Myanmar Army again denies abuses against Rohingya

Myanmar Army again denies abuses against Rohingya

Trump did not make public remarks about the intensifying violence enveloping Myamnar's Rakhine state, which has forced more than 600,000 Rohingya Muslim people to flee their homes into Bangladesh. It denied that security forces had torched Rohingya villages or used "excessive force".

"The Burmese military's absurd effort to absolve itself of mass atrocities underscores why an independent global investigation is needed to establish the facts and identify those responsible", said Brad Adams, Asia director at Human Rights Watch, in a statement.

According to the lengthy report, published on the Facebook page of Senior General Min Aung Hlaing, engagements and fights caused the deaths of at least 376 insurgents, whom it described as "Bengali terrorists", and 13 members of the security forces.

Myanmar leader Aung San Suu Kyi has come under increasing global pressure to act to prevent further tragedies from occurring.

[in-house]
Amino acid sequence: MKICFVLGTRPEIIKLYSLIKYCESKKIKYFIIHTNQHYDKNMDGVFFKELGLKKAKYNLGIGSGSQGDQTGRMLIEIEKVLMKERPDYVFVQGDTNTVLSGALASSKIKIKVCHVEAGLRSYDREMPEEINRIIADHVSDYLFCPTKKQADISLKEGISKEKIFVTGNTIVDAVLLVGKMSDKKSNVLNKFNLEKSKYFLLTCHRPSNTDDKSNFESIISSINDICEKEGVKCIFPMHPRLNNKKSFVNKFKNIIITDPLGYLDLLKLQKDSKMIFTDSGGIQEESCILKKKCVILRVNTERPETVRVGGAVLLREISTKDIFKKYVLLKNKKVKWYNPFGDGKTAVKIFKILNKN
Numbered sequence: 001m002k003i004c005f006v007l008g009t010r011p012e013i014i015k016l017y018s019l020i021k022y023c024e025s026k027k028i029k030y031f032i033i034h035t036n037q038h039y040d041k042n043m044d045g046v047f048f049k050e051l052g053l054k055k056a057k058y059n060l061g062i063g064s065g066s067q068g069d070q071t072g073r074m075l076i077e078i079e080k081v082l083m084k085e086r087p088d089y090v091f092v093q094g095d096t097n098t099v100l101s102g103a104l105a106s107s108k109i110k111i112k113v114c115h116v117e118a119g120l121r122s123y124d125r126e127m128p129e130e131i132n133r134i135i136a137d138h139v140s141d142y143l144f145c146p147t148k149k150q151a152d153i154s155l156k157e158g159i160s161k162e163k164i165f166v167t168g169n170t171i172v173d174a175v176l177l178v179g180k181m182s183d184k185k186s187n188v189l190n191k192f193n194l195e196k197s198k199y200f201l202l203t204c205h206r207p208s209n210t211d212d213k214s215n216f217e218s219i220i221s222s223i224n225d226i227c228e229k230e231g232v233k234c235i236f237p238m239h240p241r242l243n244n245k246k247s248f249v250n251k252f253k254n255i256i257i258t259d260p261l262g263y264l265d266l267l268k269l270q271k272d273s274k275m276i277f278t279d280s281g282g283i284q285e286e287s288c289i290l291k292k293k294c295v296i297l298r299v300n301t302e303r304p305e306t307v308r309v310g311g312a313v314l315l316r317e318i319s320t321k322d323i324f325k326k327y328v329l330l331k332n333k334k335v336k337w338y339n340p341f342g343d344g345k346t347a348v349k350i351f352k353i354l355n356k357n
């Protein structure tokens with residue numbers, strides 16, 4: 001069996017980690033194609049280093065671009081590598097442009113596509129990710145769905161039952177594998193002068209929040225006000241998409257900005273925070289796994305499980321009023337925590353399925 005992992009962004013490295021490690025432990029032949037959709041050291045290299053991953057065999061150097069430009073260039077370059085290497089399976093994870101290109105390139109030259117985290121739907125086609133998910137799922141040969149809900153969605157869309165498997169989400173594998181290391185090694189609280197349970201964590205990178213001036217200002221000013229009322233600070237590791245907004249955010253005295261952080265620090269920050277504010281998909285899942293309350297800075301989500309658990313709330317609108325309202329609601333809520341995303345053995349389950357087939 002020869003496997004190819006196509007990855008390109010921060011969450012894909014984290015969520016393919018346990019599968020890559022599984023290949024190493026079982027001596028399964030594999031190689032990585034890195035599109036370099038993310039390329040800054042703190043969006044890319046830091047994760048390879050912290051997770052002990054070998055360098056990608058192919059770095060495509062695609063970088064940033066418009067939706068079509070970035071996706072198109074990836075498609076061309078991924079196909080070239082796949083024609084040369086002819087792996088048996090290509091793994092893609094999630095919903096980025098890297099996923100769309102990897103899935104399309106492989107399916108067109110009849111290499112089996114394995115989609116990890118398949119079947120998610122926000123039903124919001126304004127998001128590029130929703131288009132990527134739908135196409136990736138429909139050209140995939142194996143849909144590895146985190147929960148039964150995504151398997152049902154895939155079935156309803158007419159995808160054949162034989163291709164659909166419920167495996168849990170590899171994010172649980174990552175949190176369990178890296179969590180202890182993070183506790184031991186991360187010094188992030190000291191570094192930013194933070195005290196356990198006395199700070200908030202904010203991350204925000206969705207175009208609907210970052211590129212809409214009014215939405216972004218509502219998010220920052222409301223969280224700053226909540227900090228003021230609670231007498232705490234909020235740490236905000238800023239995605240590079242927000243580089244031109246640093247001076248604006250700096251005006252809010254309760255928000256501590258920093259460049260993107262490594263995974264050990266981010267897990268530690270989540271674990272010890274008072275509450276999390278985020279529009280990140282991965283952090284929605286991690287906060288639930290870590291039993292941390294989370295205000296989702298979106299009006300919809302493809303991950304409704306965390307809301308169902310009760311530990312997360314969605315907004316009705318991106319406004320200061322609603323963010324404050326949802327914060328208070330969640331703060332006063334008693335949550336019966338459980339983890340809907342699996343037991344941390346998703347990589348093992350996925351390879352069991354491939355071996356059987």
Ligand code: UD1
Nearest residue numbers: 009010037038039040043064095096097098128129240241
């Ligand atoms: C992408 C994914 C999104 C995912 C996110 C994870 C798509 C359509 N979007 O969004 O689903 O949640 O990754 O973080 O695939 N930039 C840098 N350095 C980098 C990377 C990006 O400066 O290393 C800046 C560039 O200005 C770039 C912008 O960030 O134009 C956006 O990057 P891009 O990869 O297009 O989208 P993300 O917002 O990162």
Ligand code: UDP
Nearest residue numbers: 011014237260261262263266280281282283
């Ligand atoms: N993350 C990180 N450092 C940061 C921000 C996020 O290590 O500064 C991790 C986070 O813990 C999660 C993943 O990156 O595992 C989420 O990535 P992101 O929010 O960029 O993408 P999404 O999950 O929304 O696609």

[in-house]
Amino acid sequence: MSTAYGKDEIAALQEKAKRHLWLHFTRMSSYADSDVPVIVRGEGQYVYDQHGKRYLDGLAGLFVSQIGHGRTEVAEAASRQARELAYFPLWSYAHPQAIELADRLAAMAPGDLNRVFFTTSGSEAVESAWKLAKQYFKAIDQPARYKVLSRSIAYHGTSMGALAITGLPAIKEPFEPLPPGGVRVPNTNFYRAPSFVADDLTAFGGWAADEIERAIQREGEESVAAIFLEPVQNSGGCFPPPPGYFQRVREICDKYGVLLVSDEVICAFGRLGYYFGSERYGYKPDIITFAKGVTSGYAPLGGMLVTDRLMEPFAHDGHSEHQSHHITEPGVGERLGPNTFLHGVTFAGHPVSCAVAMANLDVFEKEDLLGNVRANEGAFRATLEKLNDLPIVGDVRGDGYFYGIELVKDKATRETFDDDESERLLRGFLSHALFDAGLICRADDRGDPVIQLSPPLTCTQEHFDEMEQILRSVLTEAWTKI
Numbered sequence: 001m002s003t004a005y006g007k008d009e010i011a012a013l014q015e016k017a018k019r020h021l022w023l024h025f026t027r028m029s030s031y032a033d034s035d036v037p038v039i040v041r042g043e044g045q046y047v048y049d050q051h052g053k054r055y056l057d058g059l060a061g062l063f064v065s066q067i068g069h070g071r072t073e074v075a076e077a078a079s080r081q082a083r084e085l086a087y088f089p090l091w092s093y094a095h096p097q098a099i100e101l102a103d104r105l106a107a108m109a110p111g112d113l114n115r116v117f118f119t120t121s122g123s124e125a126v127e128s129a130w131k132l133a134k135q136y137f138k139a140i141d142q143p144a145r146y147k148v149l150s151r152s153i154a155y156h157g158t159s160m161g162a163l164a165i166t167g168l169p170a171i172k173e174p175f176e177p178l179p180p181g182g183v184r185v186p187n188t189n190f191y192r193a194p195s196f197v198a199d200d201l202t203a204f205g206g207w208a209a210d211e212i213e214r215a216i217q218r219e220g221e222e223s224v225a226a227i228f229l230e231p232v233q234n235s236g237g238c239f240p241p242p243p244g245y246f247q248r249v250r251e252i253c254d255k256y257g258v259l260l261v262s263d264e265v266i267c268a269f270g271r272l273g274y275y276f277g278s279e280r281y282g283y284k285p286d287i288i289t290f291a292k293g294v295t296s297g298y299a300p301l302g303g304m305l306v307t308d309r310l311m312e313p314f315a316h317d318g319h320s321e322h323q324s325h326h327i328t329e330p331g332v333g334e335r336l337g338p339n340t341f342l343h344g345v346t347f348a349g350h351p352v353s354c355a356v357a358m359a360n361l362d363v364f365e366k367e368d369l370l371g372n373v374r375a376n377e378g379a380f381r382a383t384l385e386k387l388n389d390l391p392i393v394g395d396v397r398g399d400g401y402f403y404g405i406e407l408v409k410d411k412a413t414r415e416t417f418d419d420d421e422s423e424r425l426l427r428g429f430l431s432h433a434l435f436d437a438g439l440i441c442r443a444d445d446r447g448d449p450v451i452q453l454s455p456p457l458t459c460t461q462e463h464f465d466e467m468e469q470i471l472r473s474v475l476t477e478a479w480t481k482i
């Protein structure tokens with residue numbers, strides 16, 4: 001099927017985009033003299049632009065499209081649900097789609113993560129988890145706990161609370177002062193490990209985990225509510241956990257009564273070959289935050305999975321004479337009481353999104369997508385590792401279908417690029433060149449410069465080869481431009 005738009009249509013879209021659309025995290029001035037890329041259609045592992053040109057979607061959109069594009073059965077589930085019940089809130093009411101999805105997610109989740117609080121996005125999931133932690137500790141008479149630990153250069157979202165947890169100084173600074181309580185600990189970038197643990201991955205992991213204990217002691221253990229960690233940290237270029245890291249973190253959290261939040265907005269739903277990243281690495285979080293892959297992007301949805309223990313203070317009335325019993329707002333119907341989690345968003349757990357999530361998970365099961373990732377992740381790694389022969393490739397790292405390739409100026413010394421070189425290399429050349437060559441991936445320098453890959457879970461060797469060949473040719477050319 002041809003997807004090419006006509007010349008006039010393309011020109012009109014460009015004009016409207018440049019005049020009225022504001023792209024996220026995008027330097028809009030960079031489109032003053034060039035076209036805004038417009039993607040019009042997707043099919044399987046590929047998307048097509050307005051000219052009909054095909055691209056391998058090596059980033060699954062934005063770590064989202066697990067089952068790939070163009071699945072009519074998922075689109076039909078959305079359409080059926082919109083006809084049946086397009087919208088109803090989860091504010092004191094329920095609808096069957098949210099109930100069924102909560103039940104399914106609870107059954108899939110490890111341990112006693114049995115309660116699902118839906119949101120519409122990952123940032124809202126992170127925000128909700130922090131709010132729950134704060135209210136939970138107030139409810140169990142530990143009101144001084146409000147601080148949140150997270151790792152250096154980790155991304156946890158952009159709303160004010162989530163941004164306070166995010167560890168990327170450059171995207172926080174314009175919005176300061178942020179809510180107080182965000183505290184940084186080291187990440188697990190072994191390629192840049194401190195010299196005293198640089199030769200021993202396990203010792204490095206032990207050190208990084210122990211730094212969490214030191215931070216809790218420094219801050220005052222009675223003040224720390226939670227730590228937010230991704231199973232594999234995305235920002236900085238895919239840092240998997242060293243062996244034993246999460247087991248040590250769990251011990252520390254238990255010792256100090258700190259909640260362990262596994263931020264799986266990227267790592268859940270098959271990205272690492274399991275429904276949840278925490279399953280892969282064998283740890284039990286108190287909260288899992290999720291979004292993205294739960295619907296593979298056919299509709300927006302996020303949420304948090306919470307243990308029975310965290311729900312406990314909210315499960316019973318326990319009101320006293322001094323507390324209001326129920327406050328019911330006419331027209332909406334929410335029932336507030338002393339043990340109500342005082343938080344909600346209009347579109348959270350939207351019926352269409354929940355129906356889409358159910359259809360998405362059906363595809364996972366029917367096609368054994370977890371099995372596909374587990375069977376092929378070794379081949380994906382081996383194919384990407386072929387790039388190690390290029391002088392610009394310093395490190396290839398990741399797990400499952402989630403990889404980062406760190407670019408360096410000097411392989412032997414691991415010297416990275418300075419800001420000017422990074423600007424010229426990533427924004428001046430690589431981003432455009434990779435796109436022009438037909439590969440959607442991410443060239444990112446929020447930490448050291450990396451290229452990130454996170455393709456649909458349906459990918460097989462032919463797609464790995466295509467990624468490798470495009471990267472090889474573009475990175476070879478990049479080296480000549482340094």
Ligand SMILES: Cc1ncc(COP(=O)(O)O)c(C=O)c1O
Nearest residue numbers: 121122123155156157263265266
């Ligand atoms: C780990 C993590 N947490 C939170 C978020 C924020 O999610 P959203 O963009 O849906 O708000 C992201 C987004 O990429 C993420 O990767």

A public health crisis is looming on the horizon, and it is ludicrous to think that Bangladesh should go on bearing the responsibility of keeping Rohingyas safe indefinitely while the UNSC debates on and on about whether it should or should not pass a resolution condemning the actions of the Myanmar government.

Since Aug. 25, an estimated 613,000 Rohingya have crossed from Myanmar's western state of Rakhine into Bangladesh, according to the United Nations.

The military campaign drew criticism from various organisations which denounced the authorities' numerous abuses against civilians, and the UN High Commissioner for Human Rights described the situation as an "ethnic cleansing".

"It's a major humanitarian crisis".

More news: Von Miller nominated for Art Rooney Sportsmanship Award

Noting that some Rohingya refugees have been trafficked outside Bangladesh, Millman said: "Most of the trafficking is taking place inside the country, which follows the pattern of trafficking globally".

"Exploitation has been reported among Rohingya refugees not only among those who arrived since August 25 this year but also among those who have lived in Bangladesh for years".

The government in mostly Buddhist Burma regards the Rohingya as illegal immigrants from Bangladesh.

"This is a major humanitarian crisis which looks like ethnic cleansing", she said in a speech in London.

"There is overwhelming evidence that the military has murdered and raped Rohingya and burned their villages to the ground", the group said.

Suu Kyi's failure to speak out strongly over the plight of the Rohingya has widely damaged the Nobel Peace Prize winner's reputation as a stateswoman.

The said to be considering sanctions on Myanmar's regime in response to the alleged crimes, and the State Department withdrew aid to the Burmese military last month.

Related Articles